Robert Beringer has a Master’s Degree in Gerontology from Simon Fraser University. The research for his M.A. degree was focused on gerontechnology and aging-in-place. Since completing this degree he has worked as a researcher and consultant through his own company Vibrant Living and Lifestyle Systems INC. He is currently pursuing an interdisciplinary doctorate in social sciences at Royal Roads University in Victoria BC. His doctoral research will focus on LGBTQ aging in non-metropolitan (rural and small town) settings. He participated in the Fostering End-of-Life Conversations, Community and Care among LGBT Older Adults project and his role was concerned with the development of the British Columbia End-of-Life Resource Inventory, promoting the Vancouver LGBT Town Hall Meeting, and overseeing the development of the LGBT End-of-Life Conversations website.
Larry Green is currently an Adjunct Professor at City University Canada in Vancouver where he teaches in the Counselling Psychology Graduate Program. He received a Ph.D. from SFU in the Philosophy of Education Program. His dissertation focused on the relationship between the reflective mind and the pre-reflective self. Additionally, he has been a practicing psychotherapist for over 44 years where he assists his clients to bring their hearts and minds together.
Meghan Grant obtained her Bachelor’s of Arts and Certificate in Religious Studies at SFU. She is currently in her final semester of the Master’s program in the Department of Humanities. Her graduate work focuses on food and religion, and how food practices like vegetarianism, veganism, and the raw movement are by nature, religious. Much of her research focuses on the work of Dr. Charles Taylor, whose "A Secular Age" has been instrumental to her graduate career. Her other research interests include both Occidental and Eastern religions, New Age religion and the Occult, secularity, food ecology, green religion and the environment, the culture and history of food, the treatment of animals, and the systemic use of language concerning agri-commercial activities.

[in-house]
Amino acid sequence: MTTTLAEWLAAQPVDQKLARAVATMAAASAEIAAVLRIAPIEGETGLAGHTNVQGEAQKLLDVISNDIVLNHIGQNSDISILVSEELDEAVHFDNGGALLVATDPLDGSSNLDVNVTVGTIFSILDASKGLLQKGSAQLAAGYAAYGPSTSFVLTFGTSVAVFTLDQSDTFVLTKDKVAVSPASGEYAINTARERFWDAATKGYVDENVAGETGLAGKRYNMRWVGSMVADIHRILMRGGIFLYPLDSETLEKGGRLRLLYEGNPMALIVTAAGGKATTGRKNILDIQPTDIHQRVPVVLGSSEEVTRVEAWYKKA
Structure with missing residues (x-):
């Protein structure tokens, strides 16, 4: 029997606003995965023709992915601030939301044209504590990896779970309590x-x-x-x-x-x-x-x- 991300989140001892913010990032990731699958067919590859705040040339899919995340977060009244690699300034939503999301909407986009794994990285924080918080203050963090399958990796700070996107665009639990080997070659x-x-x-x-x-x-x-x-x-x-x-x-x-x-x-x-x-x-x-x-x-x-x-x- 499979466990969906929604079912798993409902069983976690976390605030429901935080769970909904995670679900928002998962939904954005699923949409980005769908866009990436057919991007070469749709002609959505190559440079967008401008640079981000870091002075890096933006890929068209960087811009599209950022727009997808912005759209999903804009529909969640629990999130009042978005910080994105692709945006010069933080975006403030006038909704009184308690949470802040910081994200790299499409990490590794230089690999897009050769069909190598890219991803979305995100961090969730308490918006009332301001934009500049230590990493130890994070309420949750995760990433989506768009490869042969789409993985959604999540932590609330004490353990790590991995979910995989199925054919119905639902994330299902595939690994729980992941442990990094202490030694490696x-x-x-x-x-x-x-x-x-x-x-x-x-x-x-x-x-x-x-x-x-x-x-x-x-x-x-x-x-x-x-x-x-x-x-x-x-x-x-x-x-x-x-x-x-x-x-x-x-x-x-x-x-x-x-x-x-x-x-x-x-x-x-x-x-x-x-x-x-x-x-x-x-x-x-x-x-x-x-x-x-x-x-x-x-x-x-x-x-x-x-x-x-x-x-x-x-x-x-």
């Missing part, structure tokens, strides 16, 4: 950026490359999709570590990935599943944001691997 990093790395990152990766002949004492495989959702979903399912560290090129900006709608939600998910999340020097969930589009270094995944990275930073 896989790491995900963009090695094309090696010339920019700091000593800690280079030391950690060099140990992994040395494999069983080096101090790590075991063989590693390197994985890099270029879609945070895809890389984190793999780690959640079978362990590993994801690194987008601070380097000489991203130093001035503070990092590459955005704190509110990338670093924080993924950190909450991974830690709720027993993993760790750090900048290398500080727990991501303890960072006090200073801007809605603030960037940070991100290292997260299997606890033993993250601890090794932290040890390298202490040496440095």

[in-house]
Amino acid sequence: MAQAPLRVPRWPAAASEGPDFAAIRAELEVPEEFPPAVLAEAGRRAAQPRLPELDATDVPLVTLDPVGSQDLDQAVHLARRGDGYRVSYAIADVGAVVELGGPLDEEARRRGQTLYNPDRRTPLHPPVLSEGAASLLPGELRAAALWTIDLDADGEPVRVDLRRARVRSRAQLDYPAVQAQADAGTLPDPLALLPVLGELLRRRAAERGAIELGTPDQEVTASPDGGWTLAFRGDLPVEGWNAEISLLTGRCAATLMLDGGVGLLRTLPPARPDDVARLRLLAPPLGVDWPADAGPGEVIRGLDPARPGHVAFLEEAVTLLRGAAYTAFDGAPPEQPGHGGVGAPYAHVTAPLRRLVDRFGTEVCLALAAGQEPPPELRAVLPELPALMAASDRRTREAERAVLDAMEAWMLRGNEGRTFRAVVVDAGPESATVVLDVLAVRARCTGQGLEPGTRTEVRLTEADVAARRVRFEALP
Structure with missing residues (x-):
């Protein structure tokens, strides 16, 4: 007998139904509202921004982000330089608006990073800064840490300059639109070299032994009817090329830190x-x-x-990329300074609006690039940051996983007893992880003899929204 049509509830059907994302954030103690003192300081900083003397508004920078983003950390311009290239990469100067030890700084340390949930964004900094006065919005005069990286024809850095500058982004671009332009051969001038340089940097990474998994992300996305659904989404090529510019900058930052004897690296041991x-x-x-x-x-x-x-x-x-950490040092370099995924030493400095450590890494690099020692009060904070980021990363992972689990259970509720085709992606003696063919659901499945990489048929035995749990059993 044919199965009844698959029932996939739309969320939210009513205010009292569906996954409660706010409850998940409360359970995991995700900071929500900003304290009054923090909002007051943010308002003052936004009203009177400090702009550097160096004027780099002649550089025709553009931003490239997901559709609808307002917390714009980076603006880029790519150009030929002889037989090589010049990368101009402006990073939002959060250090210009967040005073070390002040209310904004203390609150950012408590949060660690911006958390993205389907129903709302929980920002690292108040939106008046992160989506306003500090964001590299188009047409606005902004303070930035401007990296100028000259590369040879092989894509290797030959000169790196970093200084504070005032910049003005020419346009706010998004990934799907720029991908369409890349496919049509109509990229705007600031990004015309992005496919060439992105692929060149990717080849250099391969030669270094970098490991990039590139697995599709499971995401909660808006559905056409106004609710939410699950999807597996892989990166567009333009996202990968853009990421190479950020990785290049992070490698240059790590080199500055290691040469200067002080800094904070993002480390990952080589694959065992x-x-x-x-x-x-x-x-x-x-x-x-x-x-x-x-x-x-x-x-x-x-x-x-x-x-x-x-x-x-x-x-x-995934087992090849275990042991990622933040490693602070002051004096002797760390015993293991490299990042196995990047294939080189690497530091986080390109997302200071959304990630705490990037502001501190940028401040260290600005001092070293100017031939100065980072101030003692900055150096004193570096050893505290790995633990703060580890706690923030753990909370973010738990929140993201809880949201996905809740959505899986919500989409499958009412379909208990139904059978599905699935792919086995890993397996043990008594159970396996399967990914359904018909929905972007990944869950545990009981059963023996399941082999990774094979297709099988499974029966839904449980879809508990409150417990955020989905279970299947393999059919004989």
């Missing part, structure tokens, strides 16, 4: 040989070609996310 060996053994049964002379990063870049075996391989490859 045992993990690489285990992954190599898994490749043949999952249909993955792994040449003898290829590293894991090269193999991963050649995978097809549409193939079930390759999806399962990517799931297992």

Morgan Young has an interdisciplinary background, mostly in music, anthropology, and philosophy. She is currently an MA Student in the Department of Humanities at SFU. She is interested in the Frankfurt School and related theorists on art and critical aesthetics. In particular, she is interested in the utopian dimension of the Frankfurt School, and the Romantic critique of capitalism. She is exploring the idea of art as transformative experience and as site of resistance. Her thesis is focused on developing a critical theory of fantasy as a part of a broader category of theory for radical speculative fiction. Morgan also enjoys singing, writing, and cuddles with her cats.
Gayle Thom is an MA student in the Graduate Liberal Studies Program at SFU, currently focusing on the origins and understanding of honour and the virtues under the guidance and teaching of Dr. Stephen Duguid. Gayle works as part of the senior management team at Horizon Distributors, an organic and natural food distributor, as Director of Procurement & Marketing, where she oversees procurement, pricing, supplier relations, marketing, brand management and publishing. Her interest in honour is inspired by her active engagement in the training and traditions of Okinawan Shotokan karate which, through dedication to practice and commitment to ritual, has deepened her compassion for all living beings and further enhanced her reverence for the natural world.
Margaret Easton has MA’s in Liberal Studies and Gerontology from SFU and is currently a PhD student in Graduate Liberal Studies. Her doctoral research hopes to advance knowledge of the conditions essential to human flourishing in “societies of longer lives” and focuses on understanding self and personhood in the aging process. Margaret recently taught "Adult Development & Aging" at the University of Calgary and will be teaching "The History of Suicide and Euthanasia" in the Liberal Arts/55+ Program in 2017. She is also the coordinator for the SFU Shadbolt Graduate Liberal Studies Big Ideas Seminar Series, a program that is offered in local community centers and facilitated by GLS students.